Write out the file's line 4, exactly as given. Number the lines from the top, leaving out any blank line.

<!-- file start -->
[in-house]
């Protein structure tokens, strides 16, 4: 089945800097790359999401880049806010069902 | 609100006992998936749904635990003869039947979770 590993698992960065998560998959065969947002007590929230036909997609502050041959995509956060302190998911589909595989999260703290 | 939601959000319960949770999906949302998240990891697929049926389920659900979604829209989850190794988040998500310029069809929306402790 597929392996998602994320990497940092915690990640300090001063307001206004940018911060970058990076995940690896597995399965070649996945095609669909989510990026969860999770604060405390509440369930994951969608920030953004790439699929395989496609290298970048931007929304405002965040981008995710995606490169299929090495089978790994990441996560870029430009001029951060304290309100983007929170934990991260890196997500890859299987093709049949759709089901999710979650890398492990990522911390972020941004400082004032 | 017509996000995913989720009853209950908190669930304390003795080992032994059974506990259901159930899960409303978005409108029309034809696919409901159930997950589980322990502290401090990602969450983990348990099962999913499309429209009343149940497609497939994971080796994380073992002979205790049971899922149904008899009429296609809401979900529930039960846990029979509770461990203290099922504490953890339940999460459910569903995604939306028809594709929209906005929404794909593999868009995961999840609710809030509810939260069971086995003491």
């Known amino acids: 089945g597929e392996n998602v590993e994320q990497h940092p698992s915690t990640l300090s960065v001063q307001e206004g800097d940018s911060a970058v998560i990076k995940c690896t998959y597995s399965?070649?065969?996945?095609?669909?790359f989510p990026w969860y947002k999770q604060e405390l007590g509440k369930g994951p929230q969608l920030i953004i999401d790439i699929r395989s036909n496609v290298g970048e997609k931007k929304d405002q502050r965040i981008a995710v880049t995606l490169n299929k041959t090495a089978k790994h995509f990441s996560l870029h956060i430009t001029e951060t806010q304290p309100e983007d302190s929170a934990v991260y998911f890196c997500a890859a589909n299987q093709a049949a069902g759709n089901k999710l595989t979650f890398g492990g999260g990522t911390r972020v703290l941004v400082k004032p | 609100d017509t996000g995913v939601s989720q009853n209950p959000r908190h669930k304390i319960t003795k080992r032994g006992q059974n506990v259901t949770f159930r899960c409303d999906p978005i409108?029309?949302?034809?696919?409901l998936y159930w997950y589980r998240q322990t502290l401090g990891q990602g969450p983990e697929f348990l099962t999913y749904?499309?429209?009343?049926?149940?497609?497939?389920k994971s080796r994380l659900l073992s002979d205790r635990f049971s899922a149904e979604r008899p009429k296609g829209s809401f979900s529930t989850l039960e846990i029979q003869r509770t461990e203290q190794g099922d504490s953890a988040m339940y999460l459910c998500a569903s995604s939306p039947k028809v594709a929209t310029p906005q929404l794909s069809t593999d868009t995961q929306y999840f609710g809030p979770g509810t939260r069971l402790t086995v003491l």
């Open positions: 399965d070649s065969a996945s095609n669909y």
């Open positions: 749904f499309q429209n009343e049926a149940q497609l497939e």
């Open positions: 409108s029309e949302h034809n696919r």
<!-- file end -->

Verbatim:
């Open positions: 399965d070649s065969a996945s095609n669909y």